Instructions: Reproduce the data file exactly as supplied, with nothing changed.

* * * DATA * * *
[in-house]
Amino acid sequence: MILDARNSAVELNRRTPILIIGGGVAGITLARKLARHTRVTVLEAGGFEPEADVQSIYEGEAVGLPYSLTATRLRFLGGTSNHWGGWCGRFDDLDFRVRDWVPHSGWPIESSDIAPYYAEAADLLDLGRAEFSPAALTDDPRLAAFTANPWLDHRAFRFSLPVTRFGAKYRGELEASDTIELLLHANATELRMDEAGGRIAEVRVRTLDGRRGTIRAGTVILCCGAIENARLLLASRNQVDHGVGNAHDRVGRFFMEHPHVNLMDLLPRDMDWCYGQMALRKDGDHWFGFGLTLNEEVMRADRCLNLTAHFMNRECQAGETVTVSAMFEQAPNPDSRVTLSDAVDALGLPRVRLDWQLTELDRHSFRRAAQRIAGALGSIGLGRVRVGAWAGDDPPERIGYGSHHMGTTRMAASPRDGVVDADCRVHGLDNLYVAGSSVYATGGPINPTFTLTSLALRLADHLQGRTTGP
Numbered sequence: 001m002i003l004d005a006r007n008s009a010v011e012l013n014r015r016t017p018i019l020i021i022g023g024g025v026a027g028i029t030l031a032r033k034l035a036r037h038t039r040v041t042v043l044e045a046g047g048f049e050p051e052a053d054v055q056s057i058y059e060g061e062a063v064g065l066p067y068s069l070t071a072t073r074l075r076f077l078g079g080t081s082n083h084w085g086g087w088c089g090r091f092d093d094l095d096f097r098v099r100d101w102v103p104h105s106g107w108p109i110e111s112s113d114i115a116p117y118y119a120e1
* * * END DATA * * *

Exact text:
[in-house]
Amino acid sequence: MILDARNSAVELNRRTPILIIGGGVAGITLARKLARHTRVTVLEAGGFEPEADVQSIYEGEAVGLPYSLTATRLRFLGGTSNHWGGWCGRFDDLDFRVRDWVPHSGWPIESSDIAPYYAEAADLLDLGRAEFSPAALTDDPRLAAFTANPWLDHRAFRFSLPVTRFGAKYRGELEASDTIELLLHANATELRMDEAGGRIAEVRVRTLDGRRGTIRAGTVILCCGAIENARLLLASRNQVDHGVGNAHDRVGRFFMEHPHVNLMDLLPRDMDWCYGQMALRKDGDHWFGFGLTLNEEVMRADRCLNLTAHFMNRECQAGETVTVSAMFEQAPNPDSRVTLSDAVDALGLPRVRLDWQLTELDRHSFRRAAQRIAGALGSIGLGRVRVGAWAGDDPPERIGYGSHHMGTTRMAASPRDGVVDADCRVHGLDNLYVAGSSVYATGGPINPTFTLTSLALRLADHLQGRTTGP
Numbered sequence: 001m002i003l004d005a006r007n008s009a010v011e012l013n014r015r016t017p018i019l020i021i022g023g024g025v026a027g028i029t030l031a032r033k034l035a036r037h038t039r040v041t042v043l044e045a046g047g048f049e050p051e052a053d054v055q056s057i058y059e060g061e062a063v064g065l066p067y068s069l070t071a072t073r074l075r076f077l078g079g080t081s082n083h084w085g086g087w088c089g090r091f092d093d094l095d096f097r098v099r100d101w102v103p104h105s106g107w108p109i110e111s112s113d114i115a116p117y118y119a120e1